SENIOR ministry of Health officials will today hold an emergency meeting to draw up a plan to curb the threat of the Ebola virus countrywide.
The meeting has been informed by the threat of the disease, which has rocked several West African states, with Nigeria being the latest casualty.
However, the acting head of Disease Surveillance and Response, O-Tipo Shikanga, has called on the public not to panic as the government is working round-the-clock to seal loopholes and prevent the entry of any cases, especially from West African passengers.
"We have written an alert that has been signed by the director of Medical Services [Nicholas Muraguri] and sent it out to all county medical centres," Shikanga said.
The alert has been dispatched to Port Health Services countrywide, with enhanced screening being tightened at border points to arrest any eventuality prior to getting into the country.
"We are at risk and are not taking any chances as we continue to ensure that the minimum number of protection measures is put in place to arrest any possible case," Shikanga said, emphasizing that procedures have been put in place to ensure the country is protected.
"We have come up with a requirement for airlines carrying passengers from Wes Africa to include their personal details; say where they are from and where they have been residing in the last 21 days," Shikanga said.
A Liberian man died on Sunday upon landing in Lagos. He is reported to have boarded the plane despite having a high fever that resulted in his vomiting aboard the craft.
The 40-year-old passenger is reported to have died upon landing in the populous city, despite being moved to an isolation ward.
The frightening news has compelled MoH to ensure personnel deployed to screen incoming passengers are under strict instructions to "look for symptoms that include any information detailing if the person was in contact with a sick patient or attended the burial of a person who died from the disease".
Speaking yesterday to the Star on the phone, Shikanga said that no chances are being taken, as the latest case had been transported by the traditional safest and fastest mode of transportation - aviation.
"However, we are telling people not to fear as we continue to do the best we can to safeguard our borders and arrest any case that may be reported."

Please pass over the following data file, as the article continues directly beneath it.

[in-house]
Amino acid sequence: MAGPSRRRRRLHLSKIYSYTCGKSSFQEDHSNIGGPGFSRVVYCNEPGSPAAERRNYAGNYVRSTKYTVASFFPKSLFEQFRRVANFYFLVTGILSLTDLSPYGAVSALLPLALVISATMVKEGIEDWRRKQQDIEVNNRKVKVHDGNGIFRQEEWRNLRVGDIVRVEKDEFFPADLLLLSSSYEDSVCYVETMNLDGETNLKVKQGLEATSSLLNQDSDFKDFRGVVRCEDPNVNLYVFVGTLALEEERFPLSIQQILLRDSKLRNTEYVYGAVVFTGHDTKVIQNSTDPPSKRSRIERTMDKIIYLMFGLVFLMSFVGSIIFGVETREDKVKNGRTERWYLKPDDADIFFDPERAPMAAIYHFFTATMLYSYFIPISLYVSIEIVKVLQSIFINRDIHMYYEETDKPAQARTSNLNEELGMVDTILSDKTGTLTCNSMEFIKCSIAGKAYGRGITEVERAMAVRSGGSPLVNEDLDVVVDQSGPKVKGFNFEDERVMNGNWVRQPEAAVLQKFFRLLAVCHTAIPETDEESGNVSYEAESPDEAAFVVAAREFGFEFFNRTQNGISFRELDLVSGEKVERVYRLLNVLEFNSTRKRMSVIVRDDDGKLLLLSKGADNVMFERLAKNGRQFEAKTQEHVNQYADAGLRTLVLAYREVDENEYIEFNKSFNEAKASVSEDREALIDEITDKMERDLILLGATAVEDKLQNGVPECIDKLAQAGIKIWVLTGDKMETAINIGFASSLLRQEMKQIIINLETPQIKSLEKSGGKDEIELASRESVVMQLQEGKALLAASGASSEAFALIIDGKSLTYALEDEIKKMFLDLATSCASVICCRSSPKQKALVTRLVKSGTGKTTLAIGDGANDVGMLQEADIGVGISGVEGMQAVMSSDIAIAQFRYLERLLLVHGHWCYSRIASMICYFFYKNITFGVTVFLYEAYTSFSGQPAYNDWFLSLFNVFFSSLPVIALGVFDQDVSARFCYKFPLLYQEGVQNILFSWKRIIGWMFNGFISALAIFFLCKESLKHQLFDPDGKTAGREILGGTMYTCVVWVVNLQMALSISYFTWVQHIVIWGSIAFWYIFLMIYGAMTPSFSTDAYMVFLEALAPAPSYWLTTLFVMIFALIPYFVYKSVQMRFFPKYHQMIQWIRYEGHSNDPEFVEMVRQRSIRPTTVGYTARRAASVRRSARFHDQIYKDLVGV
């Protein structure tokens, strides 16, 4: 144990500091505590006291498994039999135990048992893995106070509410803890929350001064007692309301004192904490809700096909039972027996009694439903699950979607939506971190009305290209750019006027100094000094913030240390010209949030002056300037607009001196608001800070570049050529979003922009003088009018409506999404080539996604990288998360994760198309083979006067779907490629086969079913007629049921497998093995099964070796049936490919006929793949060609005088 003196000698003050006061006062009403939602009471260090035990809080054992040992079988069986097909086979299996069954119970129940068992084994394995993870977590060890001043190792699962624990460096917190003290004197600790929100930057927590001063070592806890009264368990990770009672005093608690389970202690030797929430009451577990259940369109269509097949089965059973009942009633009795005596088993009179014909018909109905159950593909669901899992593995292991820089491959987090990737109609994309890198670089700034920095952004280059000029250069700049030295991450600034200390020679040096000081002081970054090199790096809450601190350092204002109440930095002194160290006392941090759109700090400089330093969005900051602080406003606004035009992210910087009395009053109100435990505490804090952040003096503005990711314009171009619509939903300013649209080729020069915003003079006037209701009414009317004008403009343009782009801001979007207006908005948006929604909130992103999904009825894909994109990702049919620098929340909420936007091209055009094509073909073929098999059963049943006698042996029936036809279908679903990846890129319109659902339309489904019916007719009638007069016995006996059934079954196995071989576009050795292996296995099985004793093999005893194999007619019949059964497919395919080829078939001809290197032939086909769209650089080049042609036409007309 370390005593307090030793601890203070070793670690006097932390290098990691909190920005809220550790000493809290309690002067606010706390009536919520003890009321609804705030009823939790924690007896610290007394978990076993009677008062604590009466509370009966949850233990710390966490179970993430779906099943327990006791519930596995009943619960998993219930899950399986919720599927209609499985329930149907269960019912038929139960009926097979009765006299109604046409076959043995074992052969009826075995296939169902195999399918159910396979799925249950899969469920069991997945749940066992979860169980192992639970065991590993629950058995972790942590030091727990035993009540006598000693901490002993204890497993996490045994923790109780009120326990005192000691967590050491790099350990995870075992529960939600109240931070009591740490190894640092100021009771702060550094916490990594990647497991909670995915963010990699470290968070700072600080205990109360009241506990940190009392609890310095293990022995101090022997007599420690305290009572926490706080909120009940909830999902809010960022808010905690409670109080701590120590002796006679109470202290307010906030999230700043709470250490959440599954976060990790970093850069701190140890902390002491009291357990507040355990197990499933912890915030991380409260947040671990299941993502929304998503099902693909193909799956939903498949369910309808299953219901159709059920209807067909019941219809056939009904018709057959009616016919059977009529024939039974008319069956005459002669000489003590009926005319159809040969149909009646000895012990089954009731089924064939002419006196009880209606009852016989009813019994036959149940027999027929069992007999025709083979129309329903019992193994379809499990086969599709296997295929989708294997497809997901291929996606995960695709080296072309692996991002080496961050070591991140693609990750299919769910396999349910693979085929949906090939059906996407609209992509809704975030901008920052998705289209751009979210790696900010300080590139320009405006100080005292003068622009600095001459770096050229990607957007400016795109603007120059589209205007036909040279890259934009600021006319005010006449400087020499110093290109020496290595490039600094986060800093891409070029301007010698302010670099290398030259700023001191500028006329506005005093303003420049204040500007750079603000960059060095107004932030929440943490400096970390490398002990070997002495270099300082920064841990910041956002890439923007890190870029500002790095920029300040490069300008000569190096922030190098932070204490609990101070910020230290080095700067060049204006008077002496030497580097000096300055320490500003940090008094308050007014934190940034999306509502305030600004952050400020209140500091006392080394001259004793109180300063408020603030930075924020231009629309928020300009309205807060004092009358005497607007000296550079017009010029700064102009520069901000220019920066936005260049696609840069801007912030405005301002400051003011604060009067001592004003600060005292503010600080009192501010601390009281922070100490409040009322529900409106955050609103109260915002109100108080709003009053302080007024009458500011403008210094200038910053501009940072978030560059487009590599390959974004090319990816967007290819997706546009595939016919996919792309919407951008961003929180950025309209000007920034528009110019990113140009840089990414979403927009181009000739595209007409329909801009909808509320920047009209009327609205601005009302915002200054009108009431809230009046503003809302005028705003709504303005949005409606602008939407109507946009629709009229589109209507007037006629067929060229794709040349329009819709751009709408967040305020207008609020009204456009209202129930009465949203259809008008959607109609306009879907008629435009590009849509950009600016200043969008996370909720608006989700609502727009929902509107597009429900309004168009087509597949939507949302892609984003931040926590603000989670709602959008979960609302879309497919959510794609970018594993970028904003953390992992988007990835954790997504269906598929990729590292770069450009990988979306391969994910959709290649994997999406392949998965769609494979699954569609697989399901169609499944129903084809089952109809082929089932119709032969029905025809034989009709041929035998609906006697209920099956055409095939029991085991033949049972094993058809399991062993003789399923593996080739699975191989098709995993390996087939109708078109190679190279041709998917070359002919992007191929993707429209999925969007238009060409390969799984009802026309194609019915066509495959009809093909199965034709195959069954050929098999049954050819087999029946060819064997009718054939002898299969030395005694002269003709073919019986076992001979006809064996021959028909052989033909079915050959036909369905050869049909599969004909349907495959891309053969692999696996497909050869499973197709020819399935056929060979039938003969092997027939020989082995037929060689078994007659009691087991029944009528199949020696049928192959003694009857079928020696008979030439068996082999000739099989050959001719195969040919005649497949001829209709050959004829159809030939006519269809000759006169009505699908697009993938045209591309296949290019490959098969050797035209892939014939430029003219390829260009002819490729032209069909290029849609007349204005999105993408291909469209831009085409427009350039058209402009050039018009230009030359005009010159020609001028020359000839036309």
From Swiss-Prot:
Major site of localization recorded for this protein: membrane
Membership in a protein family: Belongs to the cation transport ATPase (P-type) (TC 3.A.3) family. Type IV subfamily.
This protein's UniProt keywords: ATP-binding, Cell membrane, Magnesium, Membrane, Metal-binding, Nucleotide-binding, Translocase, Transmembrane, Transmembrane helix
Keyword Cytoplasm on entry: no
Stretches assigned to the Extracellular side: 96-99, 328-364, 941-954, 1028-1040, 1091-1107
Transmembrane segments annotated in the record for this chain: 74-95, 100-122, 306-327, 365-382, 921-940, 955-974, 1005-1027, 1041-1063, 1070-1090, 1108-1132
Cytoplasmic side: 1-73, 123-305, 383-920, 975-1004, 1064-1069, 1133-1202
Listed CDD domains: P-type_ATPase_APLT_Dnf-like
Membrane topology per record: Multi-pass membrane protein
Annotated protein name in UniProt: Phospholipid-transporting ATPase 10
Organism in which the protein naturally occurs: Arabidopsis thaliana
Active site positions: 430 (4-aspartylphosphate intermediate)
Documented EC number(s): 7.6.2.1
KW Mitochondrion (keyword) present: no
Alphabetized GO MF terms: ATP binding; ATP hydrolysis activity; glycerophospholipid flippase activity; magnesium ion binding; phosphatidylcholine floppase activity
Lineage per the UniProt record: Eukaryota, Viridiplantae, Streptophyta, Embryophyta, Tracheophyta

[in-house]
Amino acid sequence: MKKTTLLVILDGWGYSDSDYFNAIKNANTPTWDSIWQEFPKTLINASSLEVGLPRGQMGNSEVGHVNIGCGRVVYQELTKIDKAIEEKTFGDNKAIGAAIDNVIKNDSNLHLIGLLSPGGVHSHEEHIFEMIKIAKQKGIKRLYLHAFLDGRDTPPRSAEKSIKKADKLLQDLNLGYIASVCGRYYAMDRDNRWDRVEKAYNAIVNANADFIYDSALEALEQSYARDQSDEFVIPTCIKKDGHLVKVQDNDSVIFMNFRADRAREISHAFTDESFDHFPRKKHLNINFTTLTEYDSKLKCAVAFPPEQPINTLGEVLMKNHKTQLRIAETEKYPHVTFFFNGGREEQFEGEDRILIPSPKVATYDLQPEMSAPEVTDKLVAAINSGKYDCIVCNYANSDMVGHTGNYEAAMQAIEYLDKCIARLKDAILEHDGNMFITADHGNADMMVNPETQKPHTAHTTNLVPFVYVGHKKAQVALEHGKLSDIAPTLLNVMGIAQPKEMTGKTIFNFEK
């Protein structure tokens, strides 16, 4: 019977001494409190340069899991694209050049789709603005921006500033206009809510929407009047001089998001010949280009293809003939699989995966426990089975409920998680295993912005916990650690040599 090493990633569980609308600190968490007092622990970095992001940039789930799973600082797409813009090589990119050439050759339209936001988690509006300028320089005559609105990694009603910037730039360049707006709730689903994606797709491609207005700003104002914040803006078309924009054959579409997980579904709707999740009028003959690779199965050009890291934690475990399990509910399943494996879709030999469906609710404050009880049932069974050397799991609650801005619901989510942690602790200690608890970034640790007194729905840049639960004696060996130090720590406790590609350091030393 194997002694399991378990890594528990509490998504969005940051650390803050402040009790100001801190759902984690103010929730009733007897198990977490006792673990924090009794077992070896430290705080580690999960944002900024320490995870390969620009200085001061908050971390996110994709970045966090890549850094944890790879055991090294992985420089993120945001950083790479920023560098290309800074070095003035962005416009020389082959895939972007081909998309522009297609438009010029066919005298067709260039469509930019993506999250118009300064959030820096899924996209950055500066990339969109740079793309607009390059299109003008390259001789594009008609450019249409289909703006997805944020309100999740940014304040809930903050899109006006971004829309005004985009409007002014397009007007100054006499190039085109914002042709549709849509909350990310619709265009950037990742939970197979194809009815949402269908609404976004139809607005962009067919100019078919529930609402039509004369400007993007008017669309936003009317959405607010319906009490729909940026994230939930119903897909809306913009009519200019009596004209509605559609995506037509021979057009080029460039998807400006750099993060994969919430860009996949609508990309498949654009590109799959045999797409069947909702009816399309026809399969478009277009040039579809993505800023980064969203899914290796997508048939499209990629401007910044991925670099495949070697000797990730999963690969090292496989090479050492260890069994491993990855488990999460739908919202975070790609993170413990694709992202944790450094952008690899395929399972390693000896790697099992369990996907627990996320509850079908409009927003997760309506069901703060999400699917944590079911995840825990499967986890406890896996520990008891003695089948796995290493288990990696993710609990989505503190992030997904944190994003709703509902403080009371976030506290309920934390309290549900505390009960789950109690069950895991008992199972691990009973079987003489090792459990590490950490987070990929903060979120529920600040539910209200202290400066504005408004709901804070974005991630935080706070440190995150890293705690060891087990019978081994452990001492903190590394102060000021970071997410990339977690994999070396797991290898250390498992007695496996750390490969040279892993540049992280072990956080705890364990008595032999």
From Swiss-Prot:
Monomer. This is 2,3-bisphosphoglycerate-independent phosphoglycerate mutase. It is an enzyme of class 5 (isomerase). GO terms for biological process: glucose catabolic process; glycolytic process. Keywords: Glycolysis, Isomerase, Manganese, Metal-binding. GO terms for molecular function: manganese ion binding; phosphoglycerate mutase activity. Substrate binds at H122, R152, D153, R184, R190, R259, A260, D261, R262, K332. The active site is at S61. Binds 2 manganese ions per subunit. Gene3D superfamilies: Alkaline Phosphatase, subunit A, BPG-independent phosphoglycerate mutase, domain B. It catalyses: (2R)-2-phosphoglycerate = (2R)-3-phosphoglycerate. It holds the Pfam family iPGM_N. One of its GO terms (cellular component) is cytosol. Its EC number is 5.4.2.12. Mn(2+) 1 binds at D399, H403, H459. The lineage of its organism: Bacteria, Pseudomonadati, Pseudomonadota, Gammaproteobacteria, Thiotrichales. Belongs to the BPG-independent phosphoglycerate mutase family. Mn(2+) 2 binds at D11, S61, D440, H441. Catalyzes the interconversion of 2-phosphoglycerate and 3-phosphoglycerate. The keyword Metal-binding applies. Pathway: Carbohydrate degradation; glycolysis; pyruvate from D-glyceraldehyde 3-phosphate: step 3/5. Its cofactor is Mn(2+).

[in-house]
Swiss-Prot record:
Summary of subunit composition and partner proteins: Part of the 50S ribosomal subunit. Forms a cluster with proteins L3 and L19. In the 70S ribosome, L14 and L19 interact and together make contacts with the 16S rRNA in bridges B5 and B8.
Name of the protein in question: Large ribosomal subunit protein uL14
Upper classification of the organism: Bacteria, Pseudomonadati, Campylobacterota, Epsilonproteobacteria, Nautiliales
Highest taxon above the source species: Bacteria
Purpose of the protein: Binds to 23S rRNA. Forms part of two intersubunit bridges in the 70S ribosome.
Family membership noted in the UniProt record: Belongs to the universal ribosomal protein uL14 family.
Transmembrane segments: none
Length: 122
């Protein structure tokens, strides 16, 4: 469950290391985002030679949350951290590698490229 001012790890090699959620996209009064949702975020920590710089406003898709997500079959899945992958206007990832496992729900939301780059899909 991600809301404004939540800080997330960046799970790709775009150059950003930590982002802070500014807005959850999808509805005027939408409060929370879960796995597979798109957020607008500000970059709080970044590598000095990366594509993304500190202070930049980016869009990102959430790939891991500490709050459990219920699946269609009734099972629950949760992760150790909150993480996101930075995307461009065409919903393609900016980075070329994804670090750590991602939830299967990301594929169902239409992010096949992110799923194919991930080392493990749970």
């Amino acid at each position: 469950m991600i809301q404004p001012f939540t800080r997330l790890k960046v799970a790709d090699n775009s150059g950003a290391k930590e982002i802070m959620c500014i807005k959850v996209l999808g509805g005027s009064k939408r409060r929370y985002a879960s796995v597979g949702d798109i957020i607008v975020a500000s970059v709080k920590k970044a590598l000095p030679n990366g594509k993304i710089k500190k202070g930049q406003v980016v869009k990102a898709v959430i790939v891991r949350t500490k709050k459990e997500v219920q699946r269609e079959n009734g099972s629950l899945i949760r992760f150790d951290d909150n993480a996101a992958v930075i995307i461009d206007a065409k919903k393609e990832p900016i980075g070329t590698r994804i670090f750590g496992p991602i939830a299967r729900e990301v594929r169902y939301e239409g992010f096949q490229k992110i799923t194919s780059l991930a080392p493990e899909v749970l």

"Surveillance at all key entry points has been enhanced to ensure that no cases from outside are transferred into the country," Shikanga said.
Early this year, Ebola hit the headlines after claiming lives in Guinea and Liberia. Passengers were compelled to fill a mandatory form, detailing their medical history and were further subjected to medical tests looking for any symptoms of the disease.
The World Health Organisation defines Ebola as a viral haemorrhagic fever and one of the most virulent viral diseases known to humankind, whose predominant treatment is general supportive therapy.
The virus, which is transmitted by direct contact with the blood, body fluids and parts of infected persons, has already killed 660 people across West Africa.
Some patients have also contracted the disease in the past by getting in contact with sick or dead infected wild animals.
Togo has been listed among countries that are most at risk of recording cases of the deadly disease due to its proximity to the western states currently under attack.
The closest Ebola has hit the East African region was Uganda in 2012, where scores, including a health worker, succumbed.
"We are screening all passengers from West Africa at the airports and compelling them to explain their past destination routes," Shikanga said.
The rising death toll from the disease's outbreak continues to spark fear across the larger African region, as its mode of contraction is simply being in contact with an infected patient.